NY Times: Iran is dialing back on provocation, hoping for a new U.S. President next year


The NY Times published a story yesterday with the headline “Iran Quietly Lowers the Temperature With U.S.” The story makes the case that while Iran hasn’t really changed internally, it has realized that squaring off with the Trump administration has not been good for Iran. As a result, Iran has decided to dial back the provocation and hope that it will have a new President to deal with after the U.S. election. In fact, the Times reports Iran is trying to avoid doing anything that might help keep Trump in office:

After years of increasing tensions that nearly led to war, Iran has moderated its approach to the West, shifting from a policy of provocation to one of limited cooperation. The change reflects an effort to avoid direct confrontation with the United States that the Iranians say could benefit President Trump in the November election…

Iran has also concluded that escalating tensions with the United States could provoke armed conflict which, aside from being painful for Iran, could benefit Mr. Trump politically, improving his re-election chances, according to people familiar with the policy…

An adviser to Iran’s foreign ministry said that even the powerful Quds Force — the branch of the Revolutionary Guards that runs proxy militias from Iraq to Lebanon — had been ordered to “act conservatively” and remain in “a holding pattern” until November.

The Trump administration is taking credit for the change in Iran’s tune and it’s pretty clear they deserve at least some of that credit. The major change in Iran’s approach comes after the death of Gen. Qassem Soleimani. Suddenly Iran started thinking about the price it could pay for its actions.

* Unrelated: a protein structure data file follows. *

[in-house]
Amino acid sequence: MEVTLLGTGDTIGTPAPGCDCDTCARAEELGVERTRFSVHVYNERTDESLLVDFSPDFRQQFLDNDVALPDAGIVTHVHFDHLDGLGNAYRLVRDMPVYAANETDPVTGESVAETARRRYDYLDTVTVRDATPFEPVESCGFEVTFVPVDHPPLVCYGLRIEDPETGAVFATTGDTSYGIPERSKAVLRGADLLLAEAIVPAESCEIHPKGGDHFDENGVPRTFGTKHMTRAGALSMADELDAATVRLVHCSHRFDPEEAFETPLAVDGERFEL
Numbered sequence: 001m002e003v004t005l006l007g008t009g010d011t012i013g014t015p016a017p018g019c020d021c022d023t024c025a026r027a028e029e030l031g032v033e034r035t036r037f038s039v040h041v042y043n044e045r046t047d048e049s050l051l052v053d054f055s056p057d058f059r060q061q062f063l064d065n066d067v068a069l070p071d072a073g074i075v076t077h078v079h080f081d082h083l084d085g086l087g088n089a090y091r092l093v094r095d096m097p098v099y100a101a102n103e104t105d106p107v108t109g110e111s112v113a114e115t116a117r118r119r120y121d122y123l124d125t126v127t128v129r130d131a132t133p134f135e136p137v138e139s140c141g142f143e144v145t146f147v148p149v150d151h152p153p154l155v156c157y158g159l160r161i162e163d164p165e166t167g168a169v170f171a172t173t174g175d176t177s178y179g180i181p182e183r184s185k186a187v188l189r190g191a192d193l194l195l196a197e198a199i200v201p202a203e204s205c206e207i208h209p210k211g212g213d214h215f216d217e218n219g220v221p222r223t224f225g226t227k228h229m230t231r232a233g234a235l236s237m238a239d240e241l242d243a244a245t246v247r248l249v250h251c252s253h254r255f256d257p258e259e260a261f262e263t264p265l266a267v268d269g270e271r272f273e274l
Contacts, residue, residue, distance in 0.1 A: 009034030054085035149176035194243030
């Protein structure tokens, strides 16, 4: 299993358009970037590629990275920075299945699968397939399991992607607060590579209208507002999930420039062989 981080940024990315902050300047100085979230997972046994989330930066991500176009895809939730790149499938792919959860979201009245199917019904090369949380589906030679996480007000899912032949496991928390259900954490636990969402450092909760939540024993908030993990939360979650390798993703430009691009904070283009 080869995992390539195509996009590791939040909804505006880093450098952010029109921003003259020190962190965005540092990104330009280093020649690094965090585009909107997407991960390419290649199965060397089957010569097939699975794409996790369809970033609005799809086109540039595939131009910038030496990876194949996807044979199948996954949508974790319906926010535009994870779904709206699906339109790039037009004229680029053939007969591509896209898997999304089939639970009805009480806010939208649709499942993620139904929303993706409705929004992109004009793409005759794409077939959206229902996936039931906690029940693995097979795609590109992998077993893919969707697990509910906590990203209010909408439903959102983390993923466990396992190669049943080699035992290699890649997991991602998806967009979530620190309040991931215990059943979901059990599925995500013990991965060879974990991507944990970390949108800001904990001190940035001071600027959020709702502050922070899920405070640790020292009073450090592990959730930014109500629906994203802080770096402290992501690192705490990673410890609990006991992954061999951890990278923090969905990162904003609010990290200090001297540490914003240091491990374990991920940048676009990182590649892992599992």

Tehran was caught by surprise when the Americans retaliated for the killing of an American contractor in Iraq in December by killing the leader of Iran’s elite Quds Force, Maj. Gen. Qassim Suleimani. The United States threatened a disproportionate response if another American was killed, something Iran could ill afford.

And of course it didn’t help that Iran was hit with a severe outbreak of the coronavirus, further damaging it’s already weak economy. But today the Wall Street Journal reports Iran continues to support the corrupt, anti-American Venezuelan regime. It is in the process of sending tankers full of gasoline to Venezuela and threatening the U.S. not to interfere:

The possibility of new U.S. sanctions and legal action comes as five Iranian gasoline tankers make their way toward Venezuela, offering a potential lifeline to the embattled regime of President Nicolás Maduro, according to U.S. and Iranian officials and shipping website TankerTrackers.com

Iran has warned it will retaliate against the U.S. if it blocks its ships. As crude markets recover from the disarray of a demand-eroding coronavirus pandemic and a devastating price rout, the Islamic Republic has seized an opportunity to use its oil to curry favor with U.S. rivals, including Venezuela and Syria.

So Iran’s mouth is still writing checks Iran’s military can’t cash. It may be trying to dial back the provocation in some ways but old habits die hard.

In case you’re wondering why Venezuela, where gas is generally subsidized so that it costs only a few cents per gallon, is buying tankers full of gasoline, that’s because domestic production has collapsed. Last week the NY Times reported that people were waiting in line for hours to get gas at the old subsidized price, but the government can’t keep up.

Venezuelan gasoline officially remains by far the cheapest in the world, still priced by the government after years of hyperinflation at a rate equivalent to 0.00000002 cents per gallon. The state-owned gasoline stations still sell limited quantities of fuel at this price, but motorists must queue days in advance for even a chance to buy it.

In practice, drivers who cannot or will not sit in lines for days are forced to pay up to $80 for a five-gallon can of fuel on the black market run by the Venezuelan military.

A U.S. academic who is an expert on Venezuela’s oil industry told the NY Times, “If you give gasoline away for free, eventually you’re going to end up running into trouble.” Yes, and that applies to everything else the government decided to give away for free. If only Bernie Sanders was reading the NY Times.





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